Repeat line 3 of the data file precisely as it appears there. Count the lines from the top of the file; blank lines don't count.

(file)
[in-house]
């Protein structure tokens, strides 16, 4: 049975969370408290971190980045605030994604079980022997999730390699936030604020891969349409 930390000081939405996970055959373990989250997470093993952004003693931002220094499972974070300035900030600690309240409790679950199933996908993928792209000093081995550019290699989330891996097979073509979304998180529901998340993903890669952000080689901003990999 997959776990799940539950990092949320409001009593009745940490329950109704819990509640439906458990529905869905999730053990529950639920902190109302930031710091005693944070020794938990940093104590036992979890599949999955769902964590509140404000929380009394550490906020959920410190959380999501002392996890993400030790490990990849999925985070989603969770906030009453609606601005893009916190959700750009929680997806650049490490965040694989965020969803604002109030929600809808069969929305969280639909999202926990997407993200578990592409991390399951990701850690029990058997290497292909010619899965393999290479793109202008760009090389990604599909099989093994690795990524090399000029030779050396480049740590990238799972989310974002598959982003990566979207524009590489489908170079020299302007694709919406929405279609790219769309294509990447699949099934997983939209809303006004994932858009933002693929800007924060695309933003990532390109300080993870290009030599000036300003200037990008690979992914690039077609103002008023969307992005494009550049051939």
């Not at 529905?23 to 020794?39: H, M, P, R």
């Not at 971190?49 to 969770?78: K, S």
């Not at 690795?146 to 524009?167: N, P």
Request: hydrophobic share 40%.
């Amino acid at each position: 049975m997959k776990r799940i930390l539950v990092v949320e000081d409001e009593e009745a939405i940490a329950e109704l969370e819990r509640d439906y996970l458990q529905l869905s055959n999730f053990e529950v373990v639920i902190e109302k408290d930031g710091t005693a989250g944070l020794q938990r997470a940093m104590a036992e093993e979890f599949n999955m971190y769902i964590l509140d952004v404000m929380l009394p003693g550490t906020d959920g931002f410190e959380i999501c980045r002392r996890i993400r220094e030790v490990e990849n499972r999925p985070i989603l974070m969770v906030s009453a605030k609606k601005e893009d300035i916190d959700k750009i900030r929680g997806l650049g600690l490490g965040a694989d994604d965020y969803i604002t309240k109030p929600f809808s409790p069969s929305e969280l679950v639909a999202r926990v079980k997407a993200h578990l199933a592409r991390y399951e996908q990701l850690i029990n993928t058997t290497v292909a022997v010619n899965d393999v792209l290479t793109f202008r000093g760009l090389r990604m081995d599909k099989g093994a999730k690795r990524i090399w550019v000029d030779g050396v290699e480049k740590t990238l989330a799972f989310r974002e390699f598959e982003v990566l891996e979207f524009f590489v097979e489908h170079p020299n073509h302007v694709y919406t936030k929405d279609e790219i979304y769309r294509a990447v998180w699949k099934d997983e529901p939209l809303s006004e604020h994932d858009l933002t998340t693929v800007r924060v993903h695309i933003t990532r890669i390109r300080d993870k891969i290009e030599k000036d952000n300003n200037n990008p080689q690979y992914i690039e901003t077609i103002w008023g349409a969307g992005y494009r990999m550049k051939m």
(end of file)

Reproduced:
């Not at 529905?23 to 020794?39: H, M, P, R």